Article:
in PpulCttlCtà 'tOû B' ÔtESVOÛÇ OUVEÔPlOU 7tEÀo1tovV11OlUlCCÎlV 07touôCÎlv. 131.F. fig. cil. p. en bronze plié formait comme un bracelet"9. and chambers of found in in quantities in the stomia by Verdelis and pins at Ras Shamra. known that broken kylikes were are found smashed in the dromoi the doorway and chambers tombs Il. n. in the latter case broken to fit into the small grave. L. Fouilles du Tépe-Giyan . cil. 9.and gold omaments were deliberately destroyed in a 1:>ogt Skedemosse on the island of Ùland. 18.141. Mycenaean Age . WIESNER. p. said that this might easily happen if the banes and accompanying examples useless in the Middle and Late Bronze a goblet Age of the from the grave to bone-pits.A. op. 133. Broken swords and rapiers etc. 310. 15. 209 with further references.. 157. MYLONAS.e. 50. at Pylos 18 and Nichoria in Messenia (9) Syria 19 (1938). p. 141 and 152. ln the frrst case cist tomb at stone idols have been found in an Early Helladic the figurine was found in a disturbed area outside a tomb. The Cuirass Tomb and Olher Finds al Dendra (SIMA IV [1977]). There are also other ex amples of bent metal weapons find circumstances It is well Mycenaean Fragments Mycenaean and the goblets are not given 10. See U. COUVE. p. Grab und Jenseils (1938). op. Ugarilica II (1949). cil. J. op. fig. CONTENAU. 147. p. chamber used for the purpose of the shattered chamber tombs. NIKLASSON. fig 229.INTENTIONAL DES1RUCTION OF GRAVE GOODS Schaeffer Schaeffer found a Cypriote does not comment a Cypriote dagger on a skeleton which was no longer 215 in situ. p. ÂS1RÙM. AnnScAlene 6-7 (1923-1924). WIESNER. 18:23A. p. ARBMAN. At Orchomenos was intentionally vessels were transferred of making grave and silver vases were smashed at other places. . op. 219. H. but on the right to state that arrn: "Autour du cubitus et du radius un poignard it is undoubtedly dagger. XXII:!' (10) (11) (12) (13) (14) (15) (16) (17) (18) C. p. WIESNER. p. p. p. 293.. p. 75. (1935). 133. 230. Similar finds have been made a in bogs in Denmark. ln tomb 13 at Dendra excavated and myselfwe 200 fragments representing Broken Attica 13 and at Amorgos about 40 stemmed cups in the stomion 12. WIESNER. Archiv fÜT Religionswissenschajl 24 (1926). . E. tomb at Ayios Kosmas 14. WIESNER.. (19) (20) See Nancy Wilkie's paper in the acts of this colloquium. cil. Hagberg's paper in the Symposium "Votives to the Goos" in Uppsala 1985 (forthcoming in the Boreas series) . ln the earliest cemeteries at Palaikastro in Crete and in a Middle Helladic Zerelia in Thessaly At Palaikastro Joseph practice destroyed the excavator Wiesner the handles of vases were broken before they were placed in the tomb 15. BSA 8 (1901-1902). also found at Miletos 17. For other examples see G. 72. MYLONAS. were 19 and at Ialysos on Rhodes 20. B P. 87. It is supposed cups are found that a toast was drunk in honour of the deceased against of the cham ber. p. gives several objects 16. G. 152. SCHAEFFER. Svear i oSlerviking (1955). K. fig. p. of the 16th century but the of on this strange bent form of the dagger. He proceeds dating from the 17th or beginning B. 7778. Weapons -mostly spears. Palace of Neslor III . pl. 112-113. p.. p. Aghios Kosmas (1959).. pl.. (1981-1982).E.

translated and edited by M. p. op.. (1982). p. p. Wiesner adds. see aIso the German edition IV:l. p. Early Metallurgy ln Cyprus 4000-500 B. Greek Burial Customs (1971). as though somehow or other the life had been broken out of them when they were interred in Early Cypriot III and Middle Cypriot burials" 23. S. ln one grave the blade was not coiled. Kerameikos ANDRONIKOS. Desborough asks the following questions: "How are we to interpret. the living could not use them. Thanatos (1985). ln conclusions one can follow several lines in interpreting the custom. p. Were the weapons destroyed to acquire the same status as the owner? But why were the weapons destroyed. 312.-G. n.. p. BOARDMAN. SWINY. A. 22. why bend and distort it to such an extent that it was obviously useless to him wherever he was? Or was the sword thought to have a life of its own. (22) (23) (24) (25) AJA 44 (1940).216 Paul ASTROM We also come across bent swords in Protogeometric and Geometrie Greece. while so many other objects were placed intact in the tombs ? An element of fear that the deceased might use the (21) D. Dark Ages. fig. cit. The repeated occurrences of the practice may suggest a final funerary rite. 00. p. they belonged to the dead. p. MERRILLEES. p. The blades of iron swords were coiled around the neck of vases in cremation burials. 312. Acta Archaeological Symposium. Il. seem unanswerable" 24.C. however. like so many others. Let us now try to find out the meaning of the phenomena which 1 have exemplified in this paper. to be extinguished when its owner died ? These questions.M. but folded. Totenku1t. R.. 28. BUCHHOLZ.. The Dark Age of Greece (1971). the curious habit of "killing" the sword ? If it was thought to be of possible use to the dead in the other life. It is. For use in the other world its condition does not matter. 62-63. n. possible that behind the custom the view persists that the dead could use the weapon against the living. 100. SNODGRASS. Virginia Grace said about the dagger which she published from Lapithos : "The gesture which killed the dagger seems to have been intented to terminate intercourse between living and dead in the tombs" 22. Robert Merrillees suggested that "sorne swords and daggers were deliberately bent. p. 142. ln Joseph Wiesner's opinion the dagger was the personal property of the dead and the survivors were not allowed to use it 25. 26. WIESNER. KURlZ. Larnaca 1981. DESBOROUGH. 279. ibidem. Examples of bent swords may be found in Athens and at Lefkandi 21. p. 170 and 180. cf. 80. and H. When objects were destroyed. 70.S. of the International . J.e. Hesperia 21 (1952).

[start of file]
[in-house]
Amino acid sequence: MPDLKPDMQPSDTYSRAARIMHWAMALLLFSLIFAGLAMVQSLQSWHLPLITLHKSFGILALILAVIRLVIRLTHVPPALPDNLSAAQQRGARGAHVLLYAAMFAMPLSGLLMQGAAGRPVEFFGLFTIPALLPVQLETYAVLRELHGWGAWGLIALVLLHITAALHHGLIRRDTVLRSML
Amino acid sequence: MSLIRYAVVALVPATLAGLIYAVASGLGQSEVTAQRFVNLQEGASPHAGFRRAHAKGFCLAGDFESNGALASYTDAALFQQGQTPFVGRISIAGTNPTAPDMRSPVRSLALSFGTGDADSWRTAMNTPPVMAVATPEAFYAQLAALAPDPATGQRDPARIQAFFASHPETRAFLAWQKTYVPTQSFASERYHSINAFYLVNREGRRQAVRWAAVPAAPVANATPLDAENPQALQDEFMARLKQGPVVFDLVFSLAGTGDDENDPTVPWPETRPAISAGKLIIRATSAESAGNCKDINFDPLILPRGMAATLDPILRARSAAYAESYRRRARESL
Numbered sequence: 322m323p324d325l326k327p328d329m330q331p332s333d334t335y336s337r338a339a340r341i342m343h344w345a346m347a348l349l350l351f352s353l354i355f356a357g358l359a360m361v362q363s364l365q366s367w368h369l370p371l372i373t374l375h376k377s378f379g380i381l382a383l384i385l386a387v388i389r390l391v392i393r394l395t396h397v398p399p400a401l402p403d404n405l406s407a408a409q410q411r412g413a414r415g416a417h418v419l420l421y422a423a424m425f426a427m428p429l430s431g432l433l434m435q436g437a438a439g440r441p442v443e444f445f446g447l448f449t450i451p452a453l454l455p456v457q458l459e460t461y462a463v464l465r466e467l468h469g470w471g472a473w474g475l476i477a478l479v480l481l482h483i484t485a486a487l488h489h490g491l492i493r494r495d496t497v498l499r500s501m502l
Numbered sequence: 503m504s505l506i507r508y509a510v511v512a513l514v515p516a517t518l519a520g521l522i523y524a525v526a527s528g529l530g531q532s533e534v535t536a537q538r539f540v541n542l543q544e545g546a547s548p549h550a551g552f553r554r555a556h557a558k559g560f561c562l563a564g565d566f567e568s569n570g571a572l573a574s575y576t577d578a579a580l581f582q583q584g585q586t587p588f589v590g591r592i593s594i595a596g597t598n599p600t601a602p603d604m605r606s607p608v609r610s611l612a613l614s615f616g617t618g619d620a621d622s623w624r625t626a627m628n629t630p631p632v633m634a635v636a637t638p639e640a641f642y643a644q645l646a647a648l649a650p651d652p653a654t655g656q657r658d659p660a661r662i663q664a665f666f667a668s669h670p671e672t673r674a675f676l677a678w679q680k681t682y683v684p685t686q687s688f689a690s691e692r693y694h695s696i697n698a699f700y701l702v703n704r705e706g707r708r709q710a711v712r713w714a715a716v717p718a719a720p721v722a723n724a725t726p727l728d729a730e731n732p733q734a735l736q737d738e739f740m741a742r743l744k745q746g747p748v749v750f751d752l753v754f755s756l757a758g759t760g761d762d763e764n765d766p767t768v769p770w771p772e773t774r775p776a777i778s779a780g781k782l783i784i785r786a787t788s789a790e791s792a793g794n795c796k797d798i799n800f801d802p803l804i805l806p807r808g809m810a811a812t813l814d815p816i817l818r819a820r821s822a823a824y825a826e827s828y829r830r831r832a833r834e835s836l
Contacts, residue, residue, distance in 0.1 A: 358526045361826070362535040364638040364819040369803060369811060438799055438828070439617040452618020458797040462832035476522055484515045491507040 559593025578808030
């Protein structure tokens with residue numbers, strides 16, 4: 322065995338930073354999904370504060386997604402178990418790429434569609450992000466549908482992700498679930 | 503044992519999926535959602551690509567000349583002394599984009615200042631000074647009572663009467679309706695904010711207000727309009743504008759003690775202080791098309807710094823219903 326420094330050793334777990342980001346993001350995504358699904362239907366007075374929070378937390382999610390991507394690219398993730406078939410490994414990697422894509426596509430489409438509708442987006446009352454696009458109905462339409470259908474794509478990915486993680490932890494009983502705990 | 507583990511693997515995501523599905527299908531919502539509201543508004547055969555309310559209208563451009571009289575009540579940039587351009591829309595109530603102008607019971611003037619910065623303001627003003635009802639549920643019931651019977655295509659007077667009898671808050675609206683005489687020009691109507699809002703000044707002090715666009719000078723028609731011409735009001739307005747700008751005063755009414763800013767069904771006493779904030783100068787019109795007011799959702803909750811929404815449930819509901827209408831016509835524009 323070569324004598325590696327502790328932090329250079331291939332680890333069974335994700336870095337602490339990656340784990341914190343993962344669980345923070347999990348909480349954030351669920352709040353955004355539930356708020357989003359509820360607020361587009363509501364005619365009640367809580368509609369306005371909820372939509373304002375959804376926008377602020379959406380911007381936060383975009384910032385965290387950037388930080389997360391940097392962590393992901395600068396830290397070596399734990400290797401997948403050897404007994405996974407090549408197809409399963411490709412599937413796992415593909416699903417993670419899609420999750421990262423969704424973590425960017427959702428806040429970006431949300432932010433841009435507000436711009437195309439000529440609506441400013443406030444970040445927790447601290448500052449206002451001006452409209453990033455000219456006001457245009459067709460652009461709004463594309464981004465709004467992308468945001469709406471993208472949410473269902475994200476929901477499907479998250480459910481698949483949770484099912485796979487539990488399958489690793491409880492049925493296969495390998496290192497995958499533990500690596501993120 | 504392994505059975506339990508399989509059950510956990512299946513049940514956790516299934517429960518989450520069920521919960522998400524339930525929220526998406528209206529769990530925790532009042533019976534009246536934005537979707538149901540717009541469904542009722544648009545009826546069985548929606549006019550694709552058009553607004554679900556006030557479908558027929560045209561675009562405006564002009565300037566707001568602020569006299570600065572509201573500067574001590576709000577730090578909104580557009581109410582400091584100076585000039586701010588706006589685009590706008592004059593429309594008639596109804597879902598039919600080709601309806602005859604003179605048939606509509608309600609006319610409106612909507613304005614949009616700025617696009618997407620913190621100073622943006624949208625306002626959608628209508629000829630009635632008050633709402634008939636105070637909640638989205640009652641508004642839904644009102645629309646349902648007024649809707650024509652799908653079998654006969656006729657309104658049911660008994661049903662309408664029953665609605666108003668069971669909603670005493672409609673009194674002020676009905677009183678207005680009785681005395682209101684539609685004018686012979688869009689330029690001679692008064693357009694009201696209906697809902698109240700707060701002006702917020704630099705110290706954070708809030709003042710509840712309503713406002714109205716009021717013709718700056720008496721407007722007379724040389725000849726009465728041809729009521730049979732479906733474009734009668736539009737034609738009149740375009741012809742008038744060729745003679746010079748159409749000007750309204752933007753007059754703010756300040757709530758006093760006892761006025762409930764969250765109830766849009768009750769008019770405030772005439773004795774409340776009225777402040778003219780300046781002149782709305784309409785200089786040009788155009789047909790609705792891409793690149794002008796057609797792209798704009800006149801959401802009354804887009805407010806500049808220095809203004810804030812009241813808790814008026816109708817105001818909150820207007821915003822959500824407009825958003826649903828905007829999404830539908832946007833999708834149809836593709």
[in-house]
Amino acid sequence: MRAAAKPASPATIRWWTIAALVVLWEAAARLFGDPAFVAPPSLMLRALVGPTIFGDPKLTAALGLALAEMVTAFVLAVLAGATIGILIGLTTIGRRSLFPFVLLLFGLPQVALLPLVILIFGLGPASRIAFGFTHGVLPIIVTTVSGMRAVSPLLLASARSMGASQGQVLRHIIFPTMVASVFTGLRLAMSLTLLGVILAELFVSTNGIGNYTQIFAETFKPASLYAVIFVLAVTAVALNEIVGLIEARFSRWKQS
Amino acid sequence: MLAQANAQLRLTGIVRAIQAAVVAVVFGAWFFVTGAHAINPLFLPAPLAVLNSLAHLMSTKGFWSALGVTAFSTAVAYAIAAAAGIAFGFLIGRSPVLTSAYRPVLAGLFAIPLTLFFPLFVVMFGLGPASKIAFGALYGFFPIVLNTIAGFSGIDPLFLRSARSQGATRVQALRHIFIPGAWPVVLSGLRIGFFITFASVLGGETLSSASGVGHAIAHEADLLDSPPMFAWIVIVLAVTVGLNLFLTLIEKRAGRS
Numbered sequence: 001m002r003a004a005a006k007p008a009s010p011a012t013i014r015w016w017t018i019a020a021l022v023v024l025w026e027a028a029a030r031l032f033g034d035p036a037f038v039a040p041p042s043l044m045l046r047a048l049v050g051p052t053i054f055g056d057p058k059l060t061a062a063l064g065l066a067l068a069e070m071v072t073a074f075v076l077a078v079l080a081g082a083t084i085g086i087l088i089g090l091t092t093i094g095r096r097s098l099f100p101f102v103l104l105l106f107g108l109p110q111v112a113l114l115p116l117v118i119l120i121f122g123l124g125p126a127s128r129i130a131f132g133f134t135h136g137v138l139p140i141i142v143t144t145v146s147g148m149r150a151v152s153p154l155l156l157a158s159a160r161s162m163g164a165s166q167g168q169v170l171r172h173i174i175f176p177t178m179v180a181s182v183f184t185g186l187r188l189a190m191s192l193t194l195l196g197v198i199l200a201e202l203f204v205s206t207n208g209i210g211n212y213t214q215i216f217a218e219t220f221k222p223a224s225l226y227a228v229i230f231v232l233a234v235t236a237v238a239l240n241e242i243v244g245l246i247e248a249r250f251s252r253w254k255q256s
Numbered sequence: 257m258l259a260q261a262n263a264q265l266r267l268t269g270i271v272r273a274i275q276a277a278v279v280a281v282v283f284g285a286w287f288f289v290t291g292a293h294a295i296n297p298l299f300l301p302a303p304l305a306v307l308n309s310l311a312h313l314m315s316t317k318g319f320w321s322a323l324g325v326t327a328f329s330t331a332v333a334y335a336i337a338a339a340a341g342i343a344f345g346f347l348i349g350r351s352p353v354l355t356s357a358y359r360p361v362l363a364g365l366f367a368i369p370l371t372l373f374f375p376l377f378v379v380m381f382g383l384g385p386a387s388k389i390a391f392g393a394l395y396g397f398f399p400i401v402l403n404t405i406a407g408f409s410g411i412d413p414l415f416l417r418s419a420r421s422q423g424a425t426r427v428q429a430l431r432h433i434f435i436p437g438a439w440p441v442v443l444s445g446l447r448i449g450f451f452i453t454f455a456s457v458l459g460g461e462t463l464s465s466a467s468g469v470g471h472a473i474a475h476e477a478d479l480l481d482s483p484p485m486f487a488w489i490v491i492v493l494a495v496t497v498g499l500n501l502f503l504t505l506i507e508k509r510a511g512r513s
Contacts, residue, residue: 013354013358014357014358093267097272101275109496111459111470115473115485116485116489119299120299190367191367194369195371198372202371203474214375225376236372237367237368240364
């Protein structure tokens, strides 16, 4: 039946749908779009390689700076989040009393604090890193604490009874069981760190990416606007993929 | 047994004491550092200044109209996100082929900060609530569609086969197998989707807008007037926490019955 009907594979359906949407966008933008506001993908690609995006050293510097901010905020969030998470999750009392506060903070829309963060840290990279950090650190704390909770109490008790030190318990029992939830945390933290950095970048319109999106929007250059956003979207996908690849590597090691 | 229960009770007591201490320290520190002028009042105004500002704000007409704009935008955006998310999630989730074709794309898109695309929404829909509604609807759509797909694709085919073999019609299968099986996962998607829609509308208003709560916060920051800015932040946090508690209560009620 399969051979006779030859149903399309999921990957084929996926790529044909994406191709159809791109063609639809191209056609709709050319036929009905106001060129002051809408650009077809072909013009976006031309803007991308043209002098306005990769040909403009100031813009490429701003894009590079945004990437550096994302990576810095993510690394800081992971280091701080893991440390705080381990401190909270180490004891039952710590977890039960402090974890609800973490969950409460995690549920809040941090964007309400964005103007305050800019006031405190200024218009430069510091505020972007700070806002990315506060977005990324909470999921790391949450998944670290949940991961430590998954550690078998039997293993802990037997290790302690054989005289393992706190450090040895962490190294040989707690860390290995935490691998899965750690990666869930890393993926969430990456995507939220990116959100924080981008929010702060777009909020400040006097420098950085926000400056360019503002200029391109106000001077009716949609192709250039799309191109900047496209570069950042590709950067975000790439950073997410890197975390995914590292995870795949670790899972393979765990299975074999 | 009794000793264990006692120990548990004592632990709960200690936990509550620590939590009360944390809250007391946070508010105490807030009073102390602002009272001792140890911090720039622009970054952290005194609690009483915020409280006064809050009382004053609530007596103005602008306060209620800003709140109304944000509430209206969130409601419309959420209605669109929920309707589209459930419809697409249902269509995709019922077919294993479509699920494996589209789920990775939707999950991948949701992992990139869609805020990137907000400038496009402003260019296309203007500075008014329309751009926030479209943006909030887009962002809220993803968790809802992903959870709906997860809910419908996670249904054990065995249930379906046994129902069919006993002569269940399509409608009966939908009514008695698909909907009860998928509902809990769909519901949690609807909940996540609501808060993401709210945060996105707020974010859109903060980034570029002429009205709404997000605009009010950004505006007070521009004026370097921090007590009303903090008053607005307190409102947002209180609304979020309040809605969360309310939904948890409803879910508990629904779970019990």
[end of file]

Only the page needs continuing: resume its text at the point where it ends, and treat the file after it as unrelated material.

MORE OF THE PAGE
BIRD. J. Folklore 96 (1985). It is suggested that the bending of Iron Age swords in Greece "was necessary in view of the small space into which Greek cremations were normally placed". "The Breaking of Objects as a Funerary Rite: Supplementary Notes". p. Folklore 84 (1973). 16. p.M. 475-491. 111-114.. The pottery in Tomb 1717 at Tell el-'Ajjul "was badly (it would appear deliberately) broken" : see RE. looting or lack of space may have been the reason for breaking the pots in this case. p.INTENfIONAL DESIRUCTION OF GRAVE GOODS 217 weapons is not excluded. 21-23. "The Ritual Breaking of Objects in Greek Funerary Contexts : A Note". . FOSSEY. GRINSELL. AnCÎent Gaza IV (1934). Paul ÂSTROM (26) After this paper was written 1became aware of the following articles: L. p. Grinsell quotes eleven different reasons for the breaking of funerary objects. 1 end my paper with these questions. PEIRIE. Folklore 72 (1961). ID. "The Breaking of Objects as a Funerary Rite". in F.V. as 1 doubt that we shall ever know exactly what the ancient really thought in this matter 26.

AJA 44 (1940) p. Pennsylvania Tomb 6A. LIII: Rent dagger (al arrow) in Lapithos. 18.218 Paul ASlROM ILLUSTRAnON Pl. fig. . 15.

LIll .